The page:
2 Filtration Stage
For commercial systems, the next filtration stage uses a self-cleaning disk filter that can effectively handle hair and other greywater solids. Particulates greater than 80 microns in size are removed and sent to the sewer system. The next stage uses a multi-media filter that removes all particulates greater than 5 microns in size. The filter minimizes maintenance by automatically going through a backwash step that flushes debris to the sewer system and the resets the multiple levels of filtration media. Activated charcoal is the final filtration step, “polishing” the water to make it crystal clear and free of any odors. Treated water is then ready for reuse and stored in the Processed Water Holding Tank (PWHT) awaiting pressurization to flush toilets, irrigate landscaping or support evaporative cooling systems.
3 Filtration Stage
Water quality in the PWHT is usually maintained by adding a small amount of chlorine so that a residual will protect the water in the tank and downstream to fixtures.


It is necessary to sterilize the water to keep algae, viruses, bacteria and other organic contaminants from forming in the storage tanks. There are several technologies available for this purpose.
Because of the higher contaminants inherent in greywater, residual sterilization capacity is valuable in keeping the entire system clean. Chlorine sanitation is the most common method to achieve this. Depending on the type of system, we will recommend chlorination delivered to the system in 50-gallon drums by a local chemical supplier. The chemical is similar to that used in a municipal water treatment systems.
Ultra Violet Sanitation
Some greywater systems use ultraviolet sterilizers that expose the water to a specific wavelength of UV light that destroys the DNA of organisms present and keeps the water sterile. Sizing of the UV system is critical to maintain sufficient exposure rates to keep the water sterile. The advantages of UV sterilization are that it uses no chemicals to kill pathogens, requires minimal maintenance and is significantly less expensive than chlorination systems. It’s biggest disadvantage is that the UV light can only kill pathogens that are directly exposed to the tubes – and there is no residual killing capability like chlorine. If the water is cloudy, as is common in untreated greywater, U.V. is ineffective as a sanitizer.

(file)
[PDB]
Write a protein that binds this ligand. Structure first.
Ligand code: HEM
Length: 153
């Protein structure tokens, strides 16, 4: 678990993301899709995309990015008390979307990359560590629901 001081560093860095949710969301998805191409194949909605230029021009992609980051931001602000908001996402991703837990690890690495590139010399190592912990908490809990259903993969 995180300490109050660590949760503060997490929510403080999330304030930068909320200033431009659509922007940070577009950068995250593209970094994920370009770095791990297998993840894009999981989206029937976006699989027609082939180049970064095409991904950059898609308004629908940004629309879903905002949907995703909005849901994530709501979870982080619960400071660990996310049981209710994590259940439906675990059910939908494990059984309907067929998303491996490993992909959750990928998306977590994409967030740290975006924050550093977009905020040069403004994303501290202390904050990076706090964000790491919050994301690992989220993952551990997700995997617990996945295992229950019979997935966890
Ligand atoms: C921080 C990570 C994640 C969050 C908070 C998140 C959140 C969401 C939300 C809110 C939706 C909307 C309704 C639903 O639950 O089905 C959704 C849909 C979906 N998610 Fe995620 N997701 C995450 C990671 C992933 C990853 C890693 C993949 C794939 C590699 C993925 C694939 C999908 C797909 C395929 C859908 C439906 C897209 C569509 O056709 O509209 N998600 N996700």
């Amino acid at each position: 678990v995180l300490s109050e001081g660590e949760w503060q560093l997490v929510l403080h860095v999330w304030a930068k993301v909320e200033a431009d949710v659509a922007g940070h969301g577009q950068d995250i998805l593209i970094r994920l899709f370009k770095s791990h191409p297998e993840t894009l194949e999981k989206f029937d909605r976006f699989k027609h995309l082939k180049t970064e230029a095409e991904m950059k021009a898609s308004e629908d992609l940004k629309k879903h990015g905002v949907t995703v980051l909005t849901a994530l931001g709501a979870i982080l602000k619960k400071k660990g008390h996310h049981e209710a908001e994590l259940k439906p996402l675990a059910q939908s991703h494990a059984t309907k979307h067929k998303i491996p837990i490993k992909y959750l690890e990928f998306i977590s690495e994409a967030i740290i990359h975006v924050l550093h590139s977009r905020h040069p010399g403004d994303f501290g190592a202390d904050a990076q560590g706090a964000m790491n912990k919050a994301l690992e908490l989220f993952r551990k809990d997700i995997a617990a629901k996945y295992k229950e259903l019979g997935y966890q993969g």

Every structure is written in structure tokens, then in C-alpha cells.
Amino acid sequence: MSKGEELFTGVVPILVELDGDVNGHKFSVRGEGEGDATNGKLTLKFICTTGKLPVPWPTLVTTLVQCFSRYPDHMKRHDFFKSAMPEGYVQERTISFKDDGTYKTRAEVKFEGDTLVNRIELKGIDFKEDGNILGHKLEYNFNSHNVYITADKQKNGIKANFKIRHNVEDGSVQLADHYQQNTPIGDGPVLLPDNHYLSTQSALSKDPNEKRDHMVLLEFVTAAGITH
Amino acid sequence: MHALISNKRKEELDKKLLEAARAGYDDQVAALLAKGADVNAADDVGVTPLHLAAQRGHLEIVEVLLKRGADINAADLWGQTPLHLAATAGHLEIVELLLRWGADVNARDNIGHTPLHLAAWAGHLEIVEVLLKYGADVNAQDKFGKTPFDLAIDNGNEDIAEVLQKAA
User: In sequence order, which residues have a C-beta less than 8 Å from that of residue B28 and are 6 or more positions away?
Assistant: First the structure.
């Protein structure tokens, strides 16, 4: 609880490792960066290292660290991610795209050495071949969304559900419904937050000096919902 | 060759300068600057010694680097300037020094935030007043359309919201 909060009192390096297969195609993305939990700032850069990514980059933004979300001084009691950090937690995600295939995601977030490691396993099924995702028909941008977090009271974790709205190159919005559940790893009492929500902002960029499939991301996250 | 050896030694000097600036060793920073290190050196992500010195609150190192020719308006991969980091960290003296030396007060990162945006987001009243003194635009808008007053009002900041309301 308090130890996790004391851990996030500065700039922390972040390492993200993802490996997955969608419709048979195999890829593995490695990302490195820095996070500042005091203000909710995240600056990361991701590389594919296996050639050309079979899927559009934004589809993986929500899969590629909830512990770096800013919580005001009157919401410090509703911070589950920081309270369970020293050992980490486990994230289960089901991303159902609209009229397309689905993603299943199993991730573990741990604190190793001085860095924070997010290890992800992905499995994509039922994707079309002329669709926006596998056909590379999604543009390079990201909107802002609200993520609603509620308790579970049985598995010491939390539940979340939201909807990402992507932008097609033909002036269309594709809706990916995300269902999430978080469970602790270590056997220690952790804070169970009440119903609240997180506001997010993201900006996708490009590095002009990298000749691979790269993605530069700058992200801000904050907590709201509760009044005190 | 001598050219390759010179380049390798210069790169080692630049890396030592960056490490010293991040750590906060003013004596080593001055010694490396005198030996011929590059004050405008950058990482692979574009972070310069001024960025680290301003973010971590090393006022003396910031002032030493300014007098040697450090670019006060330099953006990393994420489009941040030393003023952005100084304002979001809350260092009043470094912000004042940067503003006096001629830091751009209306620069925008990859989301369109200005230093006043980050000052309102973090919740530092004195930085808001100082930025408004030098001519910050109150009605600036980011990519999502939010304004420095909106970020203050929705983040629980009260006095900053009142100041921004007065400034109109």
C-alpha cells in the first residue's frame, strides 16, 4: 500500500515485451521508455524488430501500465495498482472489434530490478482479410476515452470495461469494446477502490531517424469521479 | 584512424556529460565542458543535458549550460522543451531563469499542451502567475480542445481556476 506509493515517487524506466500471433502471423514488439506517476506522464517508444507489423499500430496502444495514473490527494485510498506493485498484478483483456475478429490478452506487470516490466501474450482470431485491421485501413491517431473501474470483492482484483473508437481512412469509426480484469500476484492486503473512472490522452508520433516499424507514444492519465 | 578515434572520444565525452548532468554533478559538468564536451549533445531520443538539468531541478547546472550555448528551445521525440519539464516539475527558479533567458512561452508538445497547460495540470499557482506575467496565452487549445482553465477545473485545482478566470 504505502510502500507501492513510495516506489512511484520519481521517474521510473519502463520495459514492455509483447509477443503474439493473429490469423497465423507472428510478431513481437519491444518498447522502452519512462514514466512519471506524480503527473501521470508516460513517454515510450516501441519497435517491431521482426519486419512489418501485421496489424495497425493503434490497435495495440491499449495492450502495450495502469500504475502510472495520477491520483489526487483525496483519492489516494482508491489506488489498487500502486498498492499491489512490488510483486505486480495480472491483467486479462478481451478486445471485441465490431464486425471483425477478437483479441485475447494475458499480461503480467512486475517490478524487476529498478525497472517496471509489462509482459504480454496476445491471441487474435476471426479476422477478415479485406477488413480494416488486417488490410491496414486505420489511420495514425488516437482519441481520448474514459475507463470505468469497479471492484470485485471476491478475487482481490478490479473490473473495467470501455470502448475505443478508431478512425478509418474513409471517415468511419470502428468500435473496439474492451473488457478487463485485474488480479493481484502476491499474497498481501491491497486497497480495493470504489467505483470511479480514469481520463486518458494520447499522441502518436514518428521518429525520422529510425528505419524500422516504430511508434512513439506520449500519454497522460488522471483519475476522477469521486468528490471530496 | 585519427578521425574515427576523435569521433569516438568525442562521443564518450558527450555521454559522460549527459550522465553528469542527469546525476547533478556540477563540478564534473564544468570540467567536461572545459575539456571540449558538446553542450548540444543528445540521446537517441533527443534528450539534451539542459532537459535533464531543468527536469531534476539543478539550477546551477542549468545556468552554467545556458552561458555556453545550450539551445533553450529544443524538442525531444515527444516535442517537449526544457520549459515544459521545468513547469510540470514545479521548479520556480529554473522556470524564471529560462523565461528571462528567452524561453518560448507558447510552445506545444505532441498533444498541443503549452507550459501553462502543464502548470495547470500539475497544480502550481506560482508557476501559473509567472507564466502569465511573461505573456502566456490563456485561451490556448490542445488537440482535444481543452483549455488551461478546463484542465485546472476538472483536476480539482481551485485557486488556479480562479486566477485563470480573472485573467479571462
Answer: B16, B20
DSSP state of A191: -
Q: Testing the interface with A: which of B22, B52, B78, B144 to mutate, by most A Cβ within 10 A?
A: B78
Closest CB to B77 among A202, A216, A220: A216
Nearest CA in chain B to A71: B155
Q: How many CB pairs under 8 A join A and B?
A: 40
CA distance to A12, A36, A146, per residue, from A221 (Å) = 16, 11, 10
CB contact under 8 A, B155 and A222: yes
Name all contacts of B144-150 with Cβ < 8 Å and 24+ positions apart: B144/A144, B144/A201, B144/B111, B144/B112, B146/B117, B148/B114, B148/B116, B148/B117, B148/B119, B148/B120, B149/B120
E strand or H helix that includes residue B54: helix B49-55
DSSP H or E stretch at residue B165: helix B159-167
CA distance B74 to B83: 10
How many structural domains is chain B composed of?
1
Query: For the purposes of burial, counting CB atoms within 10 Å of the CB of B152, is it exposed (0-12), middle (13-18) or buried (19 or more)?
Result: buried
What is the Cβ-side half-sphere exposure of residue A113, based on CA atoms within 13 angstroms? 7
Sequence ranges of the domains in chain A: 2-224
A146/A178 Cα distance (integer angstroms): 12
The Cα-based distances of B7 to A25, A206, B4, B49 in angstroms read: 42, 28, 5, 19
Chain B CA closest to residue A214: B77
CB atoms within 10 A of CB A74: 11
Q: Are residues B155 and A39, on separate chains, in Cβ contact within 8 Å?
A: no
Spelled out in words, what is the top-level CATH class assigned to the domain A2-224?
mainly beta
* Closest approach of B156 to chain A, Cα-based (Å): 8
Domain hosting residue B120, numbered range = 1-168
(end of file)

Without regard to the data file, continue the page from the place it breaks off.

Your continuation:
Storage of the treated greywater is determined by the demand and uses for the water, available greywater volume and turnover frequency, and space to locate the tanks. For more information on the options for storing rainwater and greywater, see our Water Storage page.

All storage systems have a connection to a municipal source so that toilet flushing and other uses can occur even if there is not an adequate supply source of greywater. An air gap inlet can automatically be turned on to make-up water in the treated tank should a supply problem develop in the greywater harvesting system. In typical applications of a greywater system for toilet flushing, there is more than enough supply of greywater from showers and baths to meet flushing requirements.

Wahaso tank systems can be pre-mounted on skids for ease of installation with all internal piping manifolds and sensors mounted and pre-tested at our fabrication center. All of our polyethylene tanks are rated for potable water even though we are not using this water for drinking purposes.

Application of Greywater

A repressurization system is required to move the greywater to toilets or other applications throughout the building. In commercial systems, pump skids are duplex, with two identical commercial grade pumps in tandem with each rated at 70% of peak demand. The operating system alternates demand between the two pumps; if a high demand situation occurs, both pumps can be made available. And if one pump should fail, the system will continue to provide harvested water.

We work closely with building engineers to properly size the pumps so that adequate pressure (PSI) and volume (GPM) is available at the farthest – and highest altitude – end point in the system.

Greywater System Monitoring And Control

Water Harvesting Solutions employs programmable logic controllers (Allen-Bradley as standard) that fully automate and control the entire process for greywater harvesting. Our proprietary software is customized for each application and provides the capability of interfacing with most building automatic systems and other alarm and condition monitoring including Modbus™ or BACNET™.

In addition to monitoring the system mechanicals, the control system can track the amount of water in each tank and track and display the monthly amount of water harvested. An interface allows remote monitoring via a web page for maintenance or educational purposes. Wahaso can use the remote access to help a building maintenance staff diagnose potential system problems.

Ongoing Maintenance